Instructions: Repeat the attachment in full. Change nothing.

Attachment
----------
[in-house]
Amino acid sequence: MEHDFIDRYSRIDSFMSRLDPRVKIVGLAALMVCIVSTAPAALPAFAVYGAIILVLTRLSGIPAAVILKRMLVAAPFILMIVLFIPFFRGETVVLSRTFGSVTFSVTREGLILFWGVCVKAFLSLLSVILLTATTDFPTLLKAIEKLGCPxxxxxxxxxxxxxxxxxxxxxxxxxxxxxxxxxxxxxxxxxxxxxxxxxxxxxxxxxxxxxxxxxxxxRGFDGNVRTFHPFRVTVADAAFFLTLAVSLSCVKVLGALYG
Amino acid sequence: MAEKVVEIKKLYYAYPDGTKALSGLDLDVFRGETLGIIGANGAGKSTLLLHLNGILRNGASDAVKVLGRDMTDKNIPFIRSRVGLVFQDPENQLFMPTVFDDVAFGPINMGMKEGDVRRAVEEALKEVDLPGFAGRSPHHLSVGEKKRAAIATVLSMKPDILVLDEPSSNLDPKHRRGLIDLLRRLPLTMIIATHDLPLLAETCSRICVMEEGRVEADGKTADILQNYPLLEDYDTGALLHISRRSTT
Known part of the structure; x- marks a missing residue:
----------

[in-house]
Amino acid sequence: MEHDFIDRYSRIDSFMSRLDPRVKIVGLAALMVCIVSTAPAALPAFAVYGAIILVLTRLSGIPAAVILKRMLVAAPFILMIVLFIPFFRGETVVLSRTFGSVTFSVTREGLILFWGVCVKAFLSLLSVILLTATTDFPTLLKAIEKLGCPxxxxxxxxxxxxxxxxxxxxxxxxxxxxxxxxxxxxxxxxxxxxxxxxxxxxxxxxxxxxxxxxxxxxRGFDGNVRTFHPFRVTVADAAFFLTLAVSLSCVKVLGALYG
Amino acid sequence: MAEKVVEIKKLYYAYPDGTKALSGLDLDVFRGETLGIIGANGAGKSTLLLHLNGILRNGASDAVKVLGRDMTDKNIPFIRSRVGLVFQDPENQLFMPTVFDDVAFGPINMGMKEGDVRRAVEEALKEVDLPGFAGRSPHHLSVGEKKRAAIATVLSMKPDILVLDEPSSNLDPKHRRGLIDLLRRLPLTMIIATHDLPLLAETCSRICVMEEGRVEADGKTADILQNYPLLEDYDTGALLHISRRSTT
Known part of the structure; x- marks a missing residue: